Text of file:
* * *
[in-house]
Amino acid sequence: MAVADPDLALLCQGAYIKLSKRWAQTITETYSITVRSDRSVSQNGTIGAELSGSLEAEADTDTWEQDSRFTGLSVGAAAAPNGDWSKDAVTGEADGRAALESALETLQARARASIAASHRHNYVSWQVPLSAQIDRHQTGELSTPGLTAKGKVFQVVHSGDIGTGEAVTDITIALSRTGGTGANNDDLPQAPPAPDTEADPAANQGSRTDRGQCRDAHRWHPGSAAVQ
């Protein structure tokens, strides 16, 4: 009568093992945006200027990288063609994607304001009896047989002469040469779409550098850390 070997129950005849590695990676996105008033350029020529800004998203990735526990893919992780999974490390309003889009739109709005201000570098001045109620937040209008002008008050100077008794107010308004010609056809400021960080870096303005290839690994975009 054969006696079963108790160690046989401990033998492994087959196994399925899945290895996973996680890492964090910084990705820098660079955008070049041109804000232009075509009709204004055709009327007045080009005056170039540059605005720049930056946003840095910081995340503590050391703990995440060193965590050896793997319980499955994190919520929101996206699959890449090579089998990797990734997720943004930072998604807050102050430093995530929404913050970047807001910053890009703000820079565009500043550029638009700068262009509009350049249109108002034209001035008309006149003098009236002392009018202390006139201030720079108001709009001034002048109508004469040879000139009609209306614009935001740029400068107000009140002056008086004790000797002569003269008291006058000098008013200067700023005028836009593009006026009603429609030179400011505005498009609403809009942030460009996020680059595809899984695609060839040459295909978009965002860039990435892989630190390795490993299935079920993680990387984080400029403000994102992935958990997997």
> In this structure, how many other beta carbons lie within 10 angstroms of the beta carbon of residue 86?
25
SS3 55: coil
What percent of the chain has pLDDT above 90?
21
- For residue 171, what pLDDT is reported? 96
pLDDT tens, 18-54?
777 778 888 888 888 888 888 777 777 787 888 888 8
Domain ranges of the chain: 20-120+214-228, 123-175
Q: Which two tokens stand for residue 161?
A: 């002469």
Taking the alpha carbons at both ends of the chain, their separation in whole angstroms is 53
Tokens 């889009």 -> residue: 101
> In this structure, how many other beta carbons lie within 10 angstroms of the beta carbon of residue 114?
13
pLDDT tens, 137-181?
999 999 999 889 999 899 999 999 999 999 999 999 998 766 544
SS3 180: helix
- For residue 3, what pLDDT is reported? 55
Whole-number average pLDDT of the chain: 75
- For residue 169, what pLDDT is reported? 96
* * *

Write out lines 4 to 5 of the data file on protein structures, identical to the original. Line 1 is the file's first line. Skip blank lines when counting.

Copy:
> In this structure, how many other beta carbons lie within 10 angstroms of the beta carbon of residue 86?
25